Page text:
Loads vs SAAMI max pressure


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LawBot5000
May 13, 2007, 05:36 PM
Why are the max pressures all below SAAMI max (quite a bit below in some cases) when guns are supposedly overbuilt these days, especially in comparison to the strength of guns in the early part of the 20th century.

And how far have the SAAMI specs been reduced in recent years? I remember that 7mm remington was a stronger round back when it was created.

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steveno
May 13, 2007, 05:44 PM
the pressure measuring equipment is alot better. a lot of loads were just checked by looking at the primer condition after firing and hot easy the bolt lifted. neither of which is a good indicator of pressure

LawBot5000
May 13, 2007, 06:08 PM
I just assumed it was an ass covering measure because some people had rifles that had flaws leading to failure.

steveno
May 13, 2007, 06:57 PM
there might be a little CYA but some of the loads way back when were very hot

Art Eatman
May 13, 2007, 08:07 PM
For one thing the measuiring units have changed. "Way back then", it was psi--pounds per square inch. They changed to CUP--copper units of pressure.\

As near as I can tell, one CUP is a bit more than one psi. In raw numbers, then the pressure in terms of CUP appears less than in the old data books that used psi.

The limiting factor, though, is blowing primers. Hard to actually blow up any rifle. Either the case head lets go, in a claw-feed action, or the primer blows out.

Primer blow-out is the most common Oops! Not harmful, but certainly not Good News, either...

Art

mc223
May 13, 2007, 08:48 PM
You really need to rethink that, Art Eatman. This equates to intrnet BS.

Felt the need to expand a bit on the subject. See the following link:

http://www.shootingsoftware.com/ftp/psicuparticle2.pdf

LawBot5000
May 13, 2007, 08:58 PM
I'm not an expert yet, but I could have sworn I heard stories of people cracking rifles open with hot loads.

Ol` Joe
May 13, 2007, 09:18 PM
Acually manuals used to list pressure in PSI when they were measuring it with copper crushers. They started calling it CUP in the late 70s early 80s when newer measuring systems, Piezo and strain gage, came along and really did show pressure in PSI. The old CUP/PSI rateing was misleading and is not the same as todays rateing.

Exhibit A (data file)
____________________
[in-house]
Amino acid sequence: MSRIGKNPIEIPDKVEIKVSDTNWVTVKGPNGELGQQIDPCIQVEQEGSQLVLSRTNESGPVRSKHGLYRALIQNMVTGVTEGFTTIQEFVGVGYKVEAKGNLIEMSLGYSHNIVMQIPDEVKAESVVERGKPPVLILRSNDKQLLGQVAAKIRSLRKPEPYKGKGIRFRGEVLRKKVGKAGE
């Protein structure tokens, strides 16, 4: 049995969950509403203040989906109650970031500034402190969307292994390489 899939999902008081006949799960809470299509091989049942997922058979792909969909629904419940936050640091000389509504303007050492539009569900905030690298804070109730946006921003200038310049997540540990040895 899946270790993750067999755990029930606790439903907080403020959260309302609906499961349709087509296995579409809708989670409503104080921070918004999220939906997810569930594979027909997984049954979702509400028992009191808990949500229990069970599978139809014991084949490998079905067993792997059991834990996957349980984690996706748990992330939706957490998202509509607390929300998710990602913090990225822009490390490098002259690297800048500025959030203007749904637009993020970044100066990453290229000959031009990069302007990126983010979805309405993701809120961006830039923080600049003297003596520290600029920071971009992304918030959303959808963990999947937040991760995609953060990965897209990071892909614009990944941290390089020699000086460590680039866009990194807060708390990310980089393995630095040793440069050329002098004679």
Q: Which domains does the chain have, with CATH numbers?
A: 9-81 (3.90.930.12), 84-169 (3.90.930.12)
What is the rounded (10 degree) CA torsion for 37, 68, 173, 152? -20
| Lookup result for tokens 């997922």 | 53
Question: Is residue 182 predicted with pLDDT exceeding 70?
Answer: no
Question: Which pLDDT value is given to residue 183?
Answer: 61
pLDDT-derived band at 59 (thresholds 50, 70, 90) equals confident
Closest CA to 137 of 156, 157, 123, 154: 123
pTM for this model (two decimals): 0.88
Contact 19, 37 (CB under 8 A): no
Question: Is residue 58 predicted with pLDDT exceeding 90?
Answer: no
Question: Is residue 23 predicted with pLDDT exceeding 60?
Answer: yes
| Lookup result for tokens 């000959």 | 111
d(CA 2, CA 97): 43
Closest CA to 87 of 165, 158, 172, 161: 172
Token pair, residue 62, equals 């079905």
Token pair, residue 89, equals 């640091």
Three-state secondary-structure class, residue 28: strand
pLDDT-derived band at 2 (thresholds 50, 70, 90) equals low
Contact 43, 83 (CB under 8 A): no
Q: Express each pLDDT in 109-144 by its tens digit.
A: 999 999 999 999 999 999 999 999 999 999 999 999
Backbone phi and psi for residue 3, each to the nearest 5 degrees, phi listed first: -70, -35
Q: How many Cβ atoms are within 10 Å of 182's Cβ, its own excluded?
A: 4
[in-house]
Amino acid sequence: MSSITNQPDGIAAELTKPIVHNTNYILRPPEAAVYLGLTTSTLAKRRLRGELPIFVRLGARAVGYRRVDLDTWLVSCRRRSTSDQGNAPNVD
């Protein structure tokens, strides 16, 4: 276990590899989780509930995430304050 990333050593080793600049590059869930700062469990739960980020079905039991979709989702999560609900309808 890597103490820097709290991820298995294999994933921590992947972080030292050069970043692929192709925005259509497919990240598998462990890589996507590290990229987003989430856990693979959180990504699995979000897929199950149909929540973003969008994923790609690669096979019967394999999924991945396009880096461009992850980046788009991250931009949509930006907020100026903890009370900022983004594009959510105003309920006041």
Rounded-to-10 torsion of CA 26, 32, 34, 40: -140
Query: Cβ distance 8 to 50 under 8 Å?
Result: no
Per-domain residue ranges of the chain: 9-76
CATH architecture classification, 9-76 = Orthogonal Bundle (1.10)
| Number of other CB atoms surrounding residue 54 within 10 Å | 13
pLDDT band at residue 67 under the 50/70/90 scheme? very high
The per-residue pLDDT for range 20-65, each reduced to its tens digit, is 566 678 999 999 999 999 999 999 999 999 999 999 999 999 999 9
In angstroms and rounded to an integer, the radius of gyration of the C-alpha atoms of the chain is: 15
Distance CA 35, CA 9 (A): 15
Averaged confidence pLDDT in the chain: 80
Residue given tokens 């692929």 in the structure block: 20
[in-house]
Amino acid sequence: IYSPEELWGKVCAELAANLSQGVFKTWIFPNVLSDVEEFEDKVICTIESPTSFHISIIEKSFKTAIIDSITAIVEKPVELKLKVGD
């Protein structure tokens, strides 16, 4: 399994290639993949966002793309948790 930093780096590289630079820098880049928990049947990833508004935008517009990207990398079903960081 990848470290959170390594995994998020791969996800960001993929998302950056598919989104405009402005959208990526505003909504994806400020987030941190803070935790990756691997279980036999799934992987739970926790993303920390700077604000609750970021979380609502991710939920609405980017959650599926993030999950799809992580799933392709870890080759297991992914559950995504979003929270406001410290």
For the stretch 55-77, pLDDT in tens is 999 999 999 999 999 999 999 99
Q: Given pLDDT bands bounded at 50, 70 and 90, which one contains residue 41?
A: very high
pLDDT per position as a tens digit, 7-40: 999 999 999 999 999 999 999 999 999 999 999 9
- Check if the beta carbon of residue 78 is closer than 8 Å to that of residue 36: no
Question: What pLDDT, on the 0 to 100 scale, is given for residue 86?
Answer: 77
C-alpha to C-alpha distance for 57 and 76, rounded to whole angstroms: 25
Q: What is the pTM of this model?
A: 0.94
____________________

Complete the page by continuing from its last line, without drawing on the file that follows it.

One other thing to consider is the SAAMI max we talk of is just one of two rateings, SAAMI MAX AVERAGE and SAAMI MAX ALLOWED. We see the MAX AVERAGE and think of it as an absolute figure when it is a average of pressure found. The pressures could have been ranging from 4K-5K psi over to the same under, and a SAAMI max of 60K MAX AVG for a cartridge with a MAX ALLOWED of say for instance 63K may mean they had to stop at 58K with the load to stay in safe pressure ranges. This is the result of more accurate measuring systems showing what they are really getting and not a estimate based on the deformation of a copper plug measured by a tech with a caliper.
I have read of a couple of cartridges that had the max pressure rateing dropped due to the findings of pressure spikes with the new equipment, or to the old firearms that can`t be trusted to take the high psi anymore. The 7mm Remington mag and 243 Win I believe are two guilty of the 1st example that have had their max psi lowered. I can`t say for sure this is true but no ammo manufacture wants to drop their ammo pressures/velocity and have other companies loading theirs hotter. It just isn`t good for business. There has to be a reason that makes it prudent, and too all manufactures have done it when you hear of these cases not just one trying to please their legal people.

BTW
The 7mm mag is rated at 52,000 CUP or 61,000 PSI which isn`t very low to be honest. The highest pressure of any cartridge SAAMI backs is 65,000 psi.

Steve C
May 14, 2007, 12:20 AM
Why are the max pressures all below SAAMI max (quite a bit below in some cases) when guns are supposedly overbuilt these days, especially in comparison to the strength of guns in the early part of the 20th century.

I assume you are asking why the load manuals don't give you a load that reaches maximum SAAMI pressure?

There are several reasons. The primary being that due to variability of components, lot to lot and one manufacturer to another, your resulting pressures and ammunition performance will vary from what the manual indicates for a given charge weight for a given weight bullet in a given make of brass using a given primer brand, etc.

Hand loaders do not usually have the the expensive and sophisticated equipment used by the ammunition manufacturers to produce exacting selected pressures being developed by their ammo. Hand loaders will often see pressure signs well before they reach the maximum charge listed in the loading manual indicating pressures well beyond SAAMI maximum standards due to this variability.

This is why reloading manuals are GUIDES not COOKBOOKS and you DEVELOP loads not just pick a RECIPE.

Another reason is that pressure and the amount of powder used is not a linear product IE. if X grains of powder gives you 15,000 psi then 2X will most likely NOT give you 30,000 psi but something far greater. The results of small increases in powder at higher pressure levels can result in significant increases in pressures or produce erratic results.